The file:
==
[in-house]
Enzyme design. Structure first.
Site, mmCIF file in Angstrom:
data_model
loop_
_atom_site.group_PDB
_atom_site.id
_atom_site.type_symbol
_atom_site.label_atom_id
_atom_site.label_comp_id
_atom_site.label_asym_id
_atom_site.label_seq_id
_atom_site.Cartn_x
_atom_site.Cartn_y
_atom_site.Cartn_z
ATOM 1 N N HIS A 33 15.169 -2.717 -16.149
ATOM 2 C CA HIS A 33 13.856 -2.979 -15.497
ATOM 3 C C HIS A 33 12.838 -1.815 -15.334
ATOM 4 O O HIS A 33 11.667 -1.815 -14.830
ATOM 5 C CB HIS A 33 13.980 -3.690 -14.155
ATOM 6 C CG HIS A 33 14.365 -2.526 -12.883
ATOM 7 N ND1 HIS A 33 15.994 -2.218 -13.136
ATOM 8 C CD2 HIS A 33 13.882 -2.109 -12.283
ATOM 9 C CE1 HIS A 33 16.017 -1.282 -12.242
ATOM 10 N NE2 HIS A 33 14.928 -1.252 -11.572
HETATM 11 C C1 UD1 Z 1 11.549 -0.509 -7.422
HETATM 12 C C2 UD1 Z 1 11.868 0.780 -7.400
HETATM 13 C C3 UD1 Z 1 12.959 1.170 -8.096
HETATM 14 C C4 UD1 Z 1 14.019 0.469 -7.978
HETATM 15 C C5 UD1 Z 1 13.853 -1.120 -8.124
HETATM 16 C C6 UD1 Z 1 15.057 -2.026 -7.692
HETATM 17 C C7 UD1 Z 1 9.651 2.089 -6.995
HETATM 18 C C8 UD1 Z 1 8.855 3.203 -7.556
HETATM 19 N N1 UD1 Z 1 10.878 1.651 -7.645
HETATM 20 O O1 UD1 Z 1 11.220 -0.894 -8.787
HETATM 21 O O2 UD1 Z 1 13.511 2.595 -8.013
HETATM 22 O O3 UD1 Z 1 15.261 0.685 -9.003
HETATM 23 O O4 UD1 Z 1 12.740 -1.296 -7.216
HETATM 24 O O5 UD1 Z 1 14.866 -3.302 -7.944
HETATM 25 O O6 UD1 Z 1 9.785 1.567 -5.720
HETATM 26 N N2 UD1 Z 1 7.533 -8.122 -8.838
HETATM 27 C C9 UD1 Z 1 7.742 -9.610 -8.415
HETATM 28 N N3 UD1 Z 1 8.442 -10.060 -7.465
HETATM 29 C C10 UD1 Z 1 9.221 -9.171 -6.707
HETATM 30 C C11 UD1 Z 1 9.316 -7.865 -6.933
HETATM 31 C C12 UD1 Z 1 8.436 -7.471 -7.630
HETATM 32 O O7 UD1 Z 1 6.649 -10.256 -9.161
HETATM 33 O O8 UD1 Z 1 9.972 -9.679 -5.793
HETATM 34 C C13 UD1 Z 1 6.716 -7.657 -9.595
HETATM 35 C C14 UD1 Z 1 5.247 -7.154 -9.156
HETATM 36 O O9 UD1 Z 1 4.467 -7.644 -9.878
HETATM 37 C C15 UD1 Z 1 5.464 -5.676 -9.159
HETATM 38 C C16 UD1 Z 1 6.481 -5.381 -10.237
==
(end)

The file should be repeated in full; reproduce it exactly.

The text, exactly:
[in-house]
Enzyme design. Structure first.
Site, mmCIF file in Angstrom:
data_model
loop_
_atom_site.group_PDB
_atom_site.id
_atom_site.type_symbol
_atom_site.label_atom_id
_atom_site.label_comp_id
_atom_site.label_asym_id
_atom_site.label_seq_id
_atom_site.Cartn_x
_atom_site.Cartn_y
_atom_site.Cartn_z
ATOM 1 N N HIS A 33 15.169 -2.717 -16.149
ATOM 2 C CA HIS A 33 13.856 -2.979 -15.497
ATOM 3 C C HIS A 33 12.838 -1.815 -15.334
ATOM 4 O O HIS A 33 11.667 -1.815 -14.830
ATOM 5 C CB HIS A 33 13.980 -3.690 -14.155
ATOM 6 C CG HIS A 33 14.365 -2.526 -12.883
ATOM 7 N ND1 HIS A 33 15.994 -2.218 -13.136
ATOM 8 C CD2 HIS A 33 13.882 -2.109 -12.283
ATOM 9 C CE1 HIS A 33 16.017 -1.282 -12.242
ATOM 10 N NE2 HIS A 33 14.928 -1.252 -11.572
HETATM 11 C C1 UD1 Z 1 11.549 -0.509 -7.422
HETATM 12 C C2 UD1 Z 1 11.868 0.780 -7.400
HETATM 13 C C3 UD1 Z 1 12.959 1.170 -8.096
HETATM 14 C C4 UD1 Z 1 14.019 0.469 -7.978
HETATM 15 C C5 UD1 Z 1 13.853 -1.120 -8.124
HETATM 16 C C6 UD1 Z 1 15.057 -2.026 -7.692
HETATM 17 C C7 UD1 Z 1 9.651 2.089 -6.995
HETATM 18 C C8 UD1 Z 1 8.855 3.203 -7.556
HETATM 19 N N1 UD1 Z 1 10.878 1.651 -7.645
HETATM 20 O O1 UD1 Z 1 11.220 -0.894 -8.787
HETATM 21 O O2 UD1 Z 1 13.511 2.595 -8.013
HETATM 22 O O3 UD1 Z 1 15.261 0.685 -9.003
HETATM 23 O O4 UD1 Z 1 12.740 -1.296 -7.216
HETATM 24 O O5 UD1 Z 1 14.866 -3.302 -7.944
HETATM 25 O O6 UD1 Z 1 9.785 1.567 -5.720
HETATM 26 N N2 UD1 Z 1 7.533 -8.122 -8.838
HETATM 27 C C9 UD1 Z 1 7.742 -9.610 -8.415
HETATM 28 N N3 UD1 Z 1 8.442 -10.060 -7.465
HETATM 29 C C10 UD1 Z 1 9.221 -9.171 -6.707
HETATM 30 C C11 UD1 Z 1 9.316 -7.865 -6.933
HETATM 31 C C12 UD1 Z 1 8.436 -7.471 -7.630
HETATM 32 O O7 UD1 Z 1 6.649 -10.256 -9.161
HETATM 33 O O8 UD1 Z 1 9.972 -9.679 -5.793
HETATM 34 C C13 UD1 Z 1 6.716 -7.657 -9.595
HETATM 35 C C14 UD1 Z 1 5.247 -7.154 -9.156
HETATM 36 O O9 UD1 Z 1 4.467 -7.644 -9.878
HETATM 37 C C15 UD1 Z 1 5.464 -5.676 -9.159
HETATM 38 C C16 UD1 Z 1 6.481 -5.381 -10.237